Most service members I knew fell somewhere between those two extremes, but both extremes definitely exist within the armed forces.

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You are so right I was told I did not need to take a class for my Conceal carry license because I am retired military…I told them it had been so long since I had handled any kind of weapon, I would not carry my license or buy a weapon until I had fully re-qualified again. I got my permit in August but as of now, I have not found anywhere to go shoot. I have called several places to schedule range time and rental. No one is open in fact they tell me they are using this down time to upgrade their facility. Would like to purchase my weapon but none available to try. I am taking a free Constitution class online and they have a range in Nevada I can use and purchase ammo. They are holding a class there from 13-17 Dec for $99 to become a constitution coach but I cannot go at this time…I love this class and we all need to know our rights and protect them.

…and students for life.

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The same goes with cops too. I was in law enforcement for 37 and a half years and cops think they know more than they do. Even after being a Range Master for 7 years, I still had lots to learn. I teach, but I continue to take training classes and I learn new things each time. You just have to find the right trainer and one who continues their own training. You can never learn enough. I hate to say it, but USCCA isn’t the end all. There are other great instructors who are competitors and I’m not talking about NRA. I’m passed learning 1950 techniques. You can contact me at eagle1training@outlook.com for more information. Take my advice or not, that’s fine, but I’m willing to talk.

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Schef I’m a retired Air Force Master Sargent, and all thought my military time most of the time I was a airplane mechanic but there was a time in Vietnam I was a forward air controller on the ground calling all sorts of ammo down on the enemy with any US forces needed my assistance, in doing this I learned a lot about all kinds of weapons and how and when to use them, by the way my parents too were antigen. As time went on I kept up my learning of what new firearms where coming out, I settled down to these firearms for my carry in different situations 1. A Thomson Military 45 acp 2. A Browning highpower 9mm, 3 for backup S&W Module 15 Combat Masterpiece, 4 for that long shot Roger Mini-14 chambered in rem.223. I know these are somewhat old but this is what works for me,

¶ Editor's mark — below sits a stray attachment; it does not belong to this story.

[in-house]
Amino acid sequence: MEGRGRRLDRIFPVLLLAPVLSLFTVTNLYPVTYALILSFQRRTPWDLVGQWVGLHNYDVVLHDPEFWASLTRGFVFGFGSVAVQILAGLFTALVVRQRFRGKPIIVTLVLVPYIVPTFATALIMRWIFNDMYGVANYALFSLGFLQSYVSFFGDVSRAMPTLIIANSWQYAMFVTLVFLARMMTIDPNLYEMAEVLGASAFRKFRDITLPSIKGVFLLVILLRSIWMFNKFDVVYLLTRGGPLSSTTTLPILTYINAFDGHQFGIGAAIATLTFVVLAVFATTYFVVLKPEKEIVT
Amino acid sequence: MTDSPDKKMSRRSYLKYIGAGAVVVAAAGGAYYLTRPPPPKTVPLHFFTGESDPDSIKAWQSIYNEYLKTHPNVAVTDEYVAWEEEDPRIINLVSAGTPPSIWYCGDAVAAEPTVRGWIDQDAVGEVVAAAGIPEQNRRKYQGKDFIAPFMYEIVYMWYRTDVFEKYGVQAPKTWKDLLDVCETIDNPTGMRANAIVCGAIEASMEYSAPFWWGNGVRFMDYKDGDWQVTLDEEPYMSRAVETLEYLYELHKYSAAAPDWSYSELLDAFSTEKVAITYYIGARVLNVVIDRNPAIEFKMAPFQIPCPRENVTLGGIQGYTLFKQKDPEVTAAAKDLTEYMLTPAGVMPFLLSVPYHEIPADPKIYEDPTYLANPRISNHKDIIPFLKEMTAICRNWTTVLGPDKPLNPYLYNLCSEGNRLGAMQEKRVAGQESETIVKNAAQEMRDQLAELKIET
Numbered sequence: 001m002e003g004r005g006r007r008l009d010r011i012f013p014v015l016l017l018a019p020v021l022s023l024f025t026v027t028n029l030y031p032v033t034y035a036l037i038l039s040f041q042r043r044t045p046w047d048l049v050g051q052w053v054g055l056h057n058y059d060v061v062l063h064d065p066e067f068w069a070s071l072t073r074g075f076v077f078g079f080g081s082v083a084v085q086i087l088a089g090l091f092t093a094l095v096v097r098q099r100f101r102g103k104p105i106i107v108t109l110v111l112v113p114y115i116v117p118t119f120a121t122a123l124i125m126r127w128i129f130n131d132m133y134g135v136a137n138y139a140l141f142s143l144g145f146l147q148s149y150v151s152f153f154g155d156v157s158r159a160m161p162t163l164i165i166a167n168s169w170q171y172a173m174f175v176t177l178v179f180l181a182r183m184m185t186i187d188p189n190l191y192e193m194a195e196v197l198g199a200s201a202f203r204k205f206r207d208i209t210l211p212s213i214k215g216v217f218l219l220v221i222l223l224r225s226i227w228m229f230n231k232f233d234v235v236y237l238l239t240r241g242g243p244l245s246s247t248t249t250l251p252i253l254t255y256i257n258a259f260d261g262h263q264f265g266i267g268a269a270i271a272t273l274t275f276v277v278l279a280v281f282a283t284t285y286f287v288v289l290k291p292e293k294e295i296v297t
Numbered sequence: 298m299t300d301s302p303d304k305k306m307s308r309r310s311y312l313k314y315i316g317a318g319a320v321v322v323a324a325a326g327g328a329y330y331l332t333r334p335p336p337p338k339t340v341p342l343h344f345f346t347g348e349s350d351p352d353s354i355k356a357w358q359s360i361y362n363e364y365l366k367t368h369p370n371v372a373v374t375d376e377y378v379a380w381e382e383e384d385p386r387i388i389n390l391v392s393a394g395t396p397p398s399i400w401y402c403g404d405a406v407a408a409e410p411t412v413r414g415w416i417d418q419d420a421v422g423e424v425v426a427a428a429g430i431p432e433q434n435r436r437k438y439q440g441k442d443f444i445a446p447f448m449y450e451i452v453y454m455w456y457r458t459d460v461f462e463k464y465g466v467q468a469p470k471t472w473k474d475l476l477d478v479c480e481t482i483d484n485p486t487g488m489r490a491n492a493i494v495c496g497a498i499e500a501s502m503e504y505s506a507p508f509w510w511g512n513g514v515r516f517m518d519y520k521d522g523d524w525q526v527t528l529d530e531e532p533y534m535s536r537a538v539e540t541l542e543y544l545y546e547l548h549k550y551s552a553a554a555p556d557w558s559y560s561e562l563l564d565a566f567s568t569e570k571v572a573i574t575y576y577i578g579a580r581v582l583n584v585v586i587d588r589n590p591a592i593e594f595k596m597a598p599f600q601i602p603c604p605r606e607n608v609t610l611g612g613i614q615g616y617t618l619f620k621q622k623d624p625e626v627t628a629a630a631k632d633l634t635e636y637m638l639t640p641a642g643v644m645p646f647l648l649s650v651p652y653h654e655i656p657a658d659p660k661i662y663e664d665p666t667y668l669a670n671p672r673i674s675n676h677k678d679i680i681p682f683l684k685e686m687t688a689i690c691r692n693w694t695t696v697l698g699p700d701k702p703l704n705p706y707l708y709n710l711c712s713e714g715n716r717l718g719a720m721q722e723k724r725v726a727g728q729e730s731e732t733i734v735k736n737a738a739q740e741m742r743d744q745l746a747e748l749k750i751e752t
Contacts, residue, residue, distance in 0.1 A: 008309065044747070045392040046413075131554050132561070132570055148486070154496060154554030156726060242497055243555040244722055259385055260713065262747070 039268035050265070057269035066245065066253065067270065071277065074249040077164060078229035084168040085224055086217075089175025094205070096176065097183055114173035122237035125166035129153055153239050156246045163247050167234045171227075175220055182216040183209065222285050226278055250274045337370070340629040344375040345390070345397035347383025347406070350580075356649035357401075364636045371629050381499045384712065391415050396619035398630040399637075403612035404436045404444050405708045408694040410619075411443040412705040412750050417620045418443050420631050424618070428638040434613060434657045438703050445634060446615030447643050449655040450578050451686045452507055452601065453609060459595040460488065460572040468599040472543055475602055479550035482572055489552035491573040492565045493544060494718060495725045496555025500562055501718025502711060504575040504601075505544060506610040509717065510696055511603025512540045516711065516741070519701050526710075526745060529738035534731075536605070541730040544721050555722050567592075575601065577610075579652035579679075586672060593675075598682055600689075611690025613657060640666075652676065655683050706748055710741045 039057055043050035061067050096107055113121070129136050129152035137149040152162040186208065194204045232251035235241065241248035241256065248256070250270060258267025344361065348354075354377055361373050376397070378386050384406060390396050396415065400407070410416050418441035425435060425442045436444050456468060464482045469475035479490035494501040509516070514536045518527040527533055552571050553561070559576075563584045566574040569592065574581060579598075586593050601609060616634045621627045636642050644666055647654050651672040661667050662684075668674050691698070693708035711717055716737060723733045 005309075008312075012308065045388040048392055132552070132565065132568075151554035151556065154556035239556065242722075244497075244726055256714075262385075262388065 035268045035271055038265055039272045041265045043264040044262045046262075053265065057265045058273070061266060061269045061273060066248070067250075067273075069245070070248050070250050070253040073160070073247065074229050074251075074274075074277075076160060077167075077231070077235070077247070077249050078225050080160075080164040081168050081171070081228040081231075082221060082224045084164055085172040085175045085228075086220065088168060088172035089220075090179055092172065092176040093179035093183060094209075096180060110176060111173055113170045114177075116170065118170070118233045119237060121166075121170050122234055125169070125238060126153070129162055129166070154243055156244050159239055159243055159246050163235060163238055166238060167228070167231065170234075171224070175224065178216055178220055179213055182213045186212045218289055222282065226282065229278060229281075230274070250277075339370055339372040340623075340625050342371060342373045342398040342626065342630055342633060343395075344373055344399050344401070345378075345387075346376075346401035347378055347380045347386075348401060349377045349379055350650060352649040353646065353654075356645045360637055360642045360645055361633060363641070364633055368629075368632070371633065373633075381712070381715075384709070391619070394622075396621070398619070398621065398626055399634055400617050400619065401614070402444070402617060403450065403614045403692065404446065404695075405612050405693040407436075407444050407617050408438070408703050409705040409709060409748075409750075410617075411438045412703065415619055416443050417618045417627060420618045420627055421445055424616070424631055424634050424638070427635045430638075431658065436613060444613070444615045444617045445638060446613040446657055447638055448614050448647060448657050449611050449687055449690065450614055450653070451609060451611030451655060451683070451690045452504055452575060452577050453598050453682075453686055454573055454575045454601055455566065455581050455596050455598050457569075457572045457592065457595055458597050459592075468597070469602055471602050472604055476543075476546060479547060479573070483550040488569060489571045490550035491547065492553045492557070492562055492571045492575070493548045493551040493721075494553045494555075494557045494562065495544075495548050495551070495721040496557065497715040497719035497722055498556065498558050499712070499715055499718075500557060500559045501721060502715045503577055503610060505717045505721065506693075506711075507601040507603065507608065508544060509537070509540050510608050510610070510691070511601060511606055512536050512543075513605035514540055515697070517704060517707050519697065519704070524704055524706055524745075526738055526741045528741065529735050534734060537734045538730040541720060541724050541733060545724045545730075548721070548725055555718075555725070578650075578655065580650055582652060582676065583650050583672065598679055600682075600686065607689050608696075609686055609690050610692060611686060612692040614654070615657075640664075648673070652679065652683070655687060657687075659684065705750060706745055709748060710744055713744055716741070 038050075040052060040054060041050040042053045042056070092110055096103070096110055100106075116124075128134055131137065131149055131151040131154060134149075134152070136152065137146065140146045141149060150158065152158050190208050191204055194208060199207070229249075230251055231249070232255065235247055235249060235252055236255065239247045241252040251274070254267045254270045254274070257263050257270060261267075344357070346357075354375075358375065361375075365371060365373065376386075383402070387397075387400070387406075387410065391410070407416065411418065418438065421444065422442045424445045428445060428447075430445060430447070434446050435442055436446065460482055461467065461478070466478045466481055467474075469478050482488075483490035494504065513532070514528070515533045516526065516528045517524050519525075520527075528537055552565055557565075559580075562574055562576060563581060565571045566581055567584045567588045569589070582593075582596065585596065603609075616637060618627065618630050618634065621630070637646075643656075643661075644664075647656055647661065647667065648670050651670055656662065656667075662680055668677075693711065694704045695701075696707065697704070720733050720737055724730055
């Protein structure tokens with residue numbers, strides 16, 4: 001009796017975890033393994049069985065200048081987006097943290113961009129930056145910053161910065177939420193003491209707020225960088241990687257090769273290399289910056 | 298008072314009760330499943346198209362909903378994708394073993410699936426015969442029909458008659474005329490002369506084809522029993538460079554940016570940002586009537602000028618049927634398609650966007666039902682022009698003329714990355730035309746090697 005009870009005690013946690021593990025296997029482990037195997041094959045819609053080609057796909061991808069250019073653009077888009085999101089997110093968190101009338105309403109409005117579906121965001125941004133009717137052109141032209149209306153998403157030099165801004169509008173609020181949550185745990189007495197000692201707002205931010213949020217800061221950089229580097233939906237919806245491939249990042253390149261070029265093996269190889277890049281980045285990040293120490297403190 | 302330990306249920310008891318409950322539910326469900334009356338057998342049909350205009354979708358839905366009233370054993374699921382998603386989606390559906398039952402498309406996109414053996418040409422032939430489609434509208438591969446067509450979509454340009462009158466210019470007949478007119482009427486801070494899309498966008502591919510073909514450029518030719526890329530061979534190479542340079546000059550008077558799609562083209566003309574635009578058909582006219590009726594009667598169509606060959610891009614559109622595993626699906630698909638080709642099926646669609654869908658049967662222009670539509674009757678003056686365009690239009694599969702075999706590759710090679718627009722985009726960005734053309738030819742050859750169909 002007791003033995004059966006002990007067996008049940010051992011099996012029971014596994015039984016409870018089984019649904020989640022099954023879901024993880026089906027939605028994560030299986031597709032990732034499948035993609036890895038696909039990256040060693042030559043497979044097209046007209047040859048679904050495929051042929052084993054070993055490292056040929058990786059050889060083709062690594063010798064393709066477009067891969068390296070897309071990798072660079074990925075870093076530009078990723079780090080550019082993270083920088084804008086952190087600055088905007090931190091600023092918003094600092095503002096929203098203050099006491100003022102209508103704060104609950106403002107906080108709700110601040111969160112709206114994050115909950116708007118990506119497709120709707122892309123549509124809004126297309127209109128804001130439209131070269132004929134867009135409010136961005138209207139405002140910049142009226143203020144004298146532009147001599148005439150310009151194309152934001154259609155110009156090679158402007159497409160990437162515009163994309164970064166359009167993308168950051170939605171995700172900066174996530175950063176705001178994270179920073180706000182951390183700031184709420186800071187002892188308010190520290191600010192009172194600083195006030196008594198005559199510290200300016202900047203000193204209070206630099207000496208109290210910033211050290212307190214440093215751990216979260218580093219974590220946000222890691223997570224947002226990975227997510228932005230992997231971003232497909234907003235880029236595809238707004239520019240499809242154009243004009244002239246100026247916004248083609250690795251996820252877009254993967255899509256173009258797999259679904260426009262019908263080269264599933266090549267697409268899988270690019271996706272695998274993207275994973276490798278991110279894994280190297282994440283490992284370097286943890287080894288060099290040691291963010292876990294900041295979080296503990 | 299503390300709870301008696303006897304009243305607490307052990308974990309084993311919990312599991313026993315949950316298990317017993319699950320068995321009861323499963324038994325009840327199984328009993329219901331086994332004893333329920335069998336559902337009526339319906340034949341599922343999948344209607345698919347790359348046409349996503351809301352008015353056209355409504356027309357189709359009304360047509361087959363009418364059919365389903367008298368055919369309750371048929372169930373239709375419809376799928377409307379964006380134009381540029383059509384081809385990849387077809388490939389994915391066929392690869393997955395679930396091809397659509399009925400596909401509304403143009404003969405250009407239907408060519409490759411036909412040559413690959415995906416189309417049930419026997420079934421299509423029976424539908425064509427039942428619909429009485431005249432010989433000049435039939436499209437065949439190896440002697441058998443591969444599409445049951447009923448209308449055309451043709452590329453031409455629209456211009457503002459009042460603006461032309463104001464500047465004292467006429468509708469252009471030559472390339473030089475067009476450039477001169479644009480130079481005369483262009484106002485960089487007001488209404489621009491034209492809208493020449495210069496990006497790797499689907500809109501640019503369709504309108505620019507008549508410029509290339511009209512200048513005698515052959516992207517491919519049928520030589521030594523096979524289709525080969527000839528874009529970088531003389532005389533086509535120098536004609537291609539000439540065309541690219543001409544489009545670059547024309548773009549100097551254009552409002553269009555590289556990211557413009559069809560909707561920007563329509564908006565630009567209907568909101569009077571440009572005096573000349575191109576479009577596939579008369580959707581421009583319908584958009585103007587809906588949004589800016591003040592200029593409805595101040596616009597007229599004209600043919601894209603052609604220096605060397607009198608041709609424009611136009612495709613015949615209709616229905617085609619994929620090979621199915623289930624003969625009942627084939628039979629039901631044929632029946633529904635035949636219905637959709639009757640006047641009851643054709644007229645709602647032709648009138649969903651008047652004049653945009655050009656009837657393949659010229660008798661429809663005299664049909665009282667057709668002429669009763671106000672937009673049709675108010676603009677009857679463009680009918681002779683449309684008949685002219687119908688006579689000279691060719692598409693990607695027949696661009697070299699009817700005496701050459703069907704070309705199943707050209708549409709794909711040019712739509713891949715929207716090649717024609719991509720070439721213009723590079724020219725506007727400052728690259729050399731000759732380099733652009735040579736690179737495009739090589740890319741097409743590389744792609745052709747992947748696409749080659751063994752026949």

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Annual Qualification? What is that?
1972 Army Basic - M-16 Marksman Badge
1974 Army West Berlin - M-16 Training
No range time New York Army National Guard
1977 New York Air National Guard - AF Marksmanship Ribbon fro M-16
No range time Texas Air National Guard
1979 AFROTC Summer Camp .38 Training
1981 Air Force .38 Training before going overseas
1994 Retired.

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I come from a family of military men, my dad and 3 of his 5 brothers. I did not sever…THANK YOU FOR YOUR SERVICE!

Being an expert small arms metal recipient, I still don’t know everything about firearms and am always learning at 53.
My 2 main takeaways from this article are as follows.
Usually, when someone is insecure in life generally, it is difficult for them to ask for help in areas they are lacking and assume others expect them to be proficient in.
Lastly they tend to cover up that insecurity with a profanity facade.
No matter your age, Suck it up! and ask for help, then you will be able to share your knowledge instead of sharing your lack of adult vocabulary therefore becoming less dangerous, coming off a lot less abrasive and a lot more helpful. :grimacing::+1:t3:

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Hi
I appreciate your honesty. I think people assume every one in the military knows how to shoot a gun…and it’s not true. You can learn the basics…but folks forget people do all kinds of jobs in the service - from administrative to mechanics - to cleaning etc…that’s how it runs. Not everyone is a front line shooter etc. Folks have regular jobs - glad you wanted to learn. Thanks